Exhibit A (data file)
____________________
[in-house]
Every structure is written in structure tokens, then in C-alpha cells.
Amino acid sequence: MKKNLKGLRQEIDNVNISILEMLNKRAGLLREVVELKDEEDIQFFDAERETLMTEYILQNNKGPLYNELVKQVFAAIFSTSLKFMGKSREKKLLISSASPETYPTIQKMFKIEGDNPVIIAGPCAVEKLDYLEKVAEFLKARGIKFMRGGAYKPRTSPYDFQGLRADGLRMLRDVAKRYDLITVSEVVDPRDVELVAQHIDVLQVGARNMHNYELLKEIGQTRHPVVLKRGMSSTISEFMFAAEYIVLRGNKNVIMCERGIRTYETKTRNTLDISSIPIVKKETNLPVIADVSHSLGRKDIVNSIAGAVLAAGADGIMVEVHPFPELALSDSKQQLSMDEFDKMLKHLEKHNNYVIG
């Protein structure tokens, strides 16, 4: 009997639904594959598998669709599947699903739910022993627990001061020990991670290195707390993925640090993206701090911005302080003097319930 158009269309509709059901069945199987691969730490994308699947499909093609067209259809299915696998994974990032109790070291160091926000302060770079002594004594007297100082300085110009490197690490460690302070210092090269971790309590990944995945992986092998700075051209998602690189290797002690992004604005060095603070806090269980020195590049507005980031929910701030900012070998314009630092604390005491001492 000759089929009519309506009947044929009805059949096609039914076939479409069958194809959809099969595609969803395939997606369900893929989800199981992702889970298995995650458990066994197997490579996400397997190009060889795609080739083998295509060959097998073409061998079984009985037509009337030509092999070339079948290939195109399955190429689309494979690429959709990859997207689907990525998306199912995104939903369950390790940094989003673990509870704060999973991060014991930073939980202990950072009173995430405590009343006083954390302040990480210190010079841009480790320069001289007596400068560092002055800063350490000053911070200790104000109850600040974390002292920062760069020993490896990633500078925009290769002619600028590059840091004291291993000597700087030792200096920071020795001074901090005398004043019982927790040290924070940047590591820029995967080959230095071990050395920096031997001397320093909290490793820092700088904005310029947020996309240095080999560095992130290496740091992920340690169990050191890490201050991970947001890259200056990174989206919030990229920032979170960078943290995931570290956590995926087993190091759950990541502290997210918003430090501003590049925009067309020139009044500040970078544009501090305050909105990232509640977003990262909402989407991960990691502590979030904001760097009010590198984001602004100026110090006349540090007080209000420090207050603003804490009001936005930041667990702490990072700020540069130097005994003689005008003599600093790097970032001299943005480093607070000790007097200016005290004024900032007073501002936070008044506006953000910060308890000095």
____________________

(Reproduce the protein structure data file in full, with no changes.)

[in-house]
Every structure is written in structure tokens, then in C-alpha cells.
Amino acid sequence: MKKNLKGLRQEIDNVNISILEMLNKRAGLLREVVELKDEEDIQFFDAERETLMTEYILQNNKGPLYNELVKQVFAAIFSTSLKFMGKSREKKLLISSASPETYPTIQKMFKIEGDNPVIIAGPCAVEKLDYLEKVAEFLKARGIKFMRGGAYKPRTSPYDFQGLRADGLRMLRDVAKRYDLITVSEVVDPRDVELVAQHIDVLQVGARNMHNYELLKEIGQTRHPVVLKRGMSSTISEFMFAAEYIVLRGNKNVIMCERGIRTYETKTRNTLDISSIPIVKKETNLPVIADVSHSLGRKDIVNSIAGAVLAAGADGIMVEVHPFPELALSDSKQQLSMDEFDKMLKHLEKHNNYVIG
């Protein structure tokens, strides 16, 4: 009997639904594959598998669709599947699903739910022993627990001061020990991670290195707390993925640090993206701090911005302080003097319930 158009269309509709059901069945199987691969730490994308699947499909093609067209259809299915696998994974990032109790070291160091926000302060770079002594004594007297100082300085110009490197690490460690302070210092090269971790309590990944995945992986092998700075051209998602690189290797002690992004604005060095603070806090269980020195590049507005980031929910701030900012070998314009630092604390005491001492 000759089929009519309506009947044929009805059949096609039914076939479409069958194809959809099969595609969803395939997606369900893929989800199981992702889970298995995650458990066994197997490579996400397997190009060889795609080739083998295509060959097998073409061998079984009985037509009337030509092999070339079948290939195109399955190429689309494979690429959709990859997207689907990525998306199912995104939903369950390790940094989003673990509870704060999973991060014991930073939980202990950072009173995430405590009343006083954390302040990480210190010079841009480790320069001289007596400068560092002055800063350490000053911070200790104000109850600040974390002292920062760069020993490896990633500078925009290769002619600028590059840091004291291993000597700087030792200096920071020795001074901090005398004043019982927790040290924070940047590591820029995967080959230095071990050395920096031997001397320093909290490793820092700088904005310029947020996309240095080999560095992130290496740091992920340690169990050191890490201050991970947001890259200056990174989206919030990229920032979170960078943290995931570290956590995926087993190091759950990541502290997210918003430090501003590049925009067309020139009044500040970078544009501090305050909105990232509640977003990262909402989407991960990691502590979030904001760097009010590198984001602004100026110090006349540090007080209000420090207050603003804490009001936005930041667990702490990072700020540069130097005994003689005008003599600093790097970032001299943005480093607070000790007097200016005290004024900032007073501002936070008044506006953000910060308890000095």